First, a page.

NASA has announced evidence of flowing water on Mars, a finding which could have major implications for the chance of discovering life on the planet.
The agency said that streaks observed on the surface of the Red Planet were likely caused by water flowing across or just beneath ground.
The streaks, known as Recurring Slope Lineae (RSL), run hundreds of metres long in places and are the first evidence of their kind ever found on another planet.
Jim Green, Director of Planetary Science at NASA said during a press conference on Monday that “under certain circumstances, liquid water has been found on Mars”.
“Our rover’s finding a lot more humidity in the air than we ever imagined. As we inject the soils, they’re moist, they’re hydrated, full of water,” he said at a press conference.
“These discoveries are very important, but only part of the hydrological cycle on Mars that we are just now beginning to understand. What we are going to announce today is Mars is not the dry planet that we thought of in the past.
“Today we are going to announce that that under certain circumstances liquid water has been found on Mars.”
It is not yet clear where the water comes from, with scientists speculating that it may rise up from underground ice or condense out of the planet’s thin atmosphere.
The discovery was made after using an imager on NASA’s Mars Reconnaissance Orbiter to examine light waves returned from the RSLs.
Analysis revealed the streaks absorbed light at specific wavelengths connected with chemicals known to pull water from the atmosphere.
Since water is essential for life, the discovery increases the possibility of finding life on Mars, NASA said.
Alfred McEwen, principal investigator for the High Resolution Imaging Science Experiment (HiRISE) at the University of Arizona in Tucson, told the press conference at James Webb Auditorium in Nasa Headquarters, Washington, that he thinks the chances of microbial life on Mars is very high.
The latest findings, published in the journal Nature Geoscience, confirmed earlier reports by scientists about the RSLs, with NASA saying the flowing streams of salty water flow down certain Martian slopes each summer.
These dark, narrow streaks tend to appear and grow during the warmest Martian months, and fade the rest of the year. Salt lowers the freezing point of water, and scientists say that would explain these seasonal briny flows. Similar streaks to those being seen on Mars can be found in Antarctica.
Mary Beth Wilhelm of NASA’s Ames Research Centre in Moffett Field, California said these RSLs have been found in many locations.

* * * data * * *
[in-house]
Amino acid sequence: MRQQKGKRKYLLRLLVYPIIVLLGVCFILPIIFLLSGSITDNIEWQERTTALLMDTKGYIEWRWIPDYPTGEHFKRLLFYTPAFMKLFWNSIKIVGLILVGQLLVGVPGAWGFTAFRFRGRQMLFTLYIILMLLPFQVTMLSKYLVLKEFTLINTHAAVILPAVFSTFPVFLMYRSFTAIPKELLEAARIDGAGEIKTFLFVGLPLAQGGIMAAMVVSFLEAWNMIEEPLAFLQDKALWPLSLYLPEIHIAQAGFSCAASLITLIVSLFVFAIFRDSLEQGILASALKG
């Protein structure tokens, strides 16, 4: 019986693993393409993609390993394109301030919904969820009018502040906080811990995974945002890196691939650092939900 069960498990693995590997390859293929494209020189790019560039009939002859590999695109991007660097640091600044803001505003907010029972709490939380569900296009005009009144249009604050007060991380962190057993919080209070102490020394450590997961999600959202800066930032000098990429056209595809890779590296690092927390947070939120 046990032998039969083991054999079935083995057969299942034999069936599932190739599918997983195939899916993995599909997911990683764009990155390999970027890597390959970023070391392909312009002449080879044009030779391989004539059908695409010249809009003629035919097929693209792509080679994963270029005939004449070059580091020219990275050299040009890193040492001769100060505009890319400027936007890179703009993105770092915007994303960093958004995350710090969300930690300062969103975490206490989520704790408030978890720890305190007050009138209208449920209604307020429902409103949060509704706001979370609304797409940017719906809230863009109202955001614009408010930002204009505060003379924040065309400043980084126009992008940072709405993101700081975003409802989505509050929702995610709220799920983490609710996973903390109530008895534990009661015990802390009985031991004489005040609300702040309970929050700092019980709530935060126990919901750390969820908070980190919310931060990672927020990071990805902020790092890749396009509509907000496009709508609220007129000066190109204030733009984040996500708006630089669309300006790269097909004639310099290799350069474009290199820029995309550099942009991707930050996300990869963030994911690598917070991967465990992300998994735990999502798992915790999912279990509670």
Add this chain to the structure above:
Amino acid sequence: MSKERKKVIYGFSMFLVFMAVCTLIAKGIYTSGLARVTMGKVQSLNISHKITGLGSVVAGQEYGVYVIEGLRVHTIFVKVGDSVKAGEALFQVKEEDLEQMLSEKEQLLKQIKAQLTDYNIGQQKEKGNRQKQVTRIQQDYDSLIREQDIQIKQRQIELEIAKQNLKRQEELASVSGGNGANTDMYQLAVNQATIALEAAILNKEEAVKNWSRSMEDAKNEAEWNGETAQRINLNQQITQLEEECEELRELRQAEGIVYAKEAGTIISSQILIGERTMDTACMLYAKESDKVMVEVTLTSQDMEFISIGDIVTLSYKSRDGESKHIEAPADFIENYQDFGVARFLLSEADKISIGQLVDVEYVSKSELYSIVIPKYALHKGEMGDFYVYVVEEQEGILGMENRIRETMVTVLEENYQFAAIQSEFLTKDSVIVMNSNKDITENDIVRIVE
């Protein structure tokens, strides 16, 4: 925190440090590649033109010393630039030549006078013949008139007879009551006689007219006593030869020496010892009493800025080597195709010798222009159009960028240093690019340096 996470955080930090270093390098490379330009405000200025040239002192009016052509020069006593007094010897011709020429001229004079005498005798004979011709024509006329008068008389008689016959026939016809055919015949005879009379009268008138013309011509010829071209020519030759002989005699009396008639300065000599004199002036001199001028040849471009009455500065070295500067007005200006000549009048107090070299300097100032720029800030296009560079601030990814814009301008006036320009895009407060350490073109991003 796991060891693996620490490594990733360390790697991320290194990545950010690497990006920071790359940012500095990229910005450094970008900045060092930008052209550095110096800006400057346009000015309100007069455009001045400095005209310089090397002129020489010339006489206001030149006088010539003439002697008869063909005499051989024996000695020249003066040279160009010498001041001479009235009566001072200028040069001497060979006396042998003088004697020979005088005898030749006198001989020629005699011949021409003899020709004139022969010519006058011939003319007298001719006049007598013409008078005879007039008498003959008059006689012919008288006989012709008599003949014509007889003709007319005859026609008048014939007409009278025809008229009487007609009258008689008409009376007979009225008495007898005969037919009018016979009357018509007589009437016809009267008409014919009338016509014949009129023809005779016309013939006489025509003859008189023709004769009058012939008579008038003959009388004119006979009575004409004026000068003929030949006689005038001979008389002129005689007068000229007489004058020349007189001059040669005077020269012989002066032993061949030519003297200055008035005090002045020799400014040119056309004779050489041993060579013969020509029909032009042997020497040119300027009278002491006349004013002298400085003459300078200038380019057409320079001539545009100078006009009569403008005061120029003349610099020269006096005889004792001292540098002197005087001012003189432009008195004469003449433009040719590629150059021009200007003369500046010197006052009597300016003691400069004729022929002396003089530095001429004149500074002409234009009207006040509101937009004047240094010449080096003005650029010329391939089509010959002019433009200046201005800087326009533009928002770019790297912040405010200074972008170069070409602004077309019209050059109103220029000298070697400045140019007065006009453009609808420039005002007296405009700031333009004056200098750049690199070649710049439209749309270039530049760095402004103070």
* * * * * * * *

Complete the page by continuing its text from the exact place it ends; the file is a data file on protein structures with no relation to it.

“These vital perchlorates have been found at many of the landing sites on Mars. They may be more widespread than first thought,” she said.
John Grunsfield, Associate Administrator for NASA’s Science Mission Directorate, said the discovery could prove significant ahead of future manned missions to the planet that will “explore the question of whether there’s current life on Mars”.
There are three unmanned spacecraft planned to go to Mars in the coming three years, at least one of which — the European Space Agency’s ExoMars rover — will drill into the surface to look for evidence of life.
Ice was already known to exist on the Red Planet but the possibility of flowing water was first suggested in 2011 by a 21-year-old American PhD student, Lujendra Ojha.
According to a CNN report, Mr Ojha was studying at the University of Arizona when he used a computer algorithm to remove visual distortions from images of Mars obtained by satellite.
While Mr Ojha was comparing changes to the planet over time, he accidentally discovered irregular streaks appearing and disappearing on the surface of Mars.
After months of research, Mr Ojha concluded the streaks were likely dried salts left by salt water running on the surface of Mars during the warmer months.
The researchers say further exploration is warranted to determine whether any microscopic life might exist on modern-day Mars. They based their findings on data from NASA’s Mars Reconnaissance Orbiter, which has been circling Mars since 2006.
NASA’s announcement prompted a flurry of excitement on social media, with some Twitter users determined to see the funny side.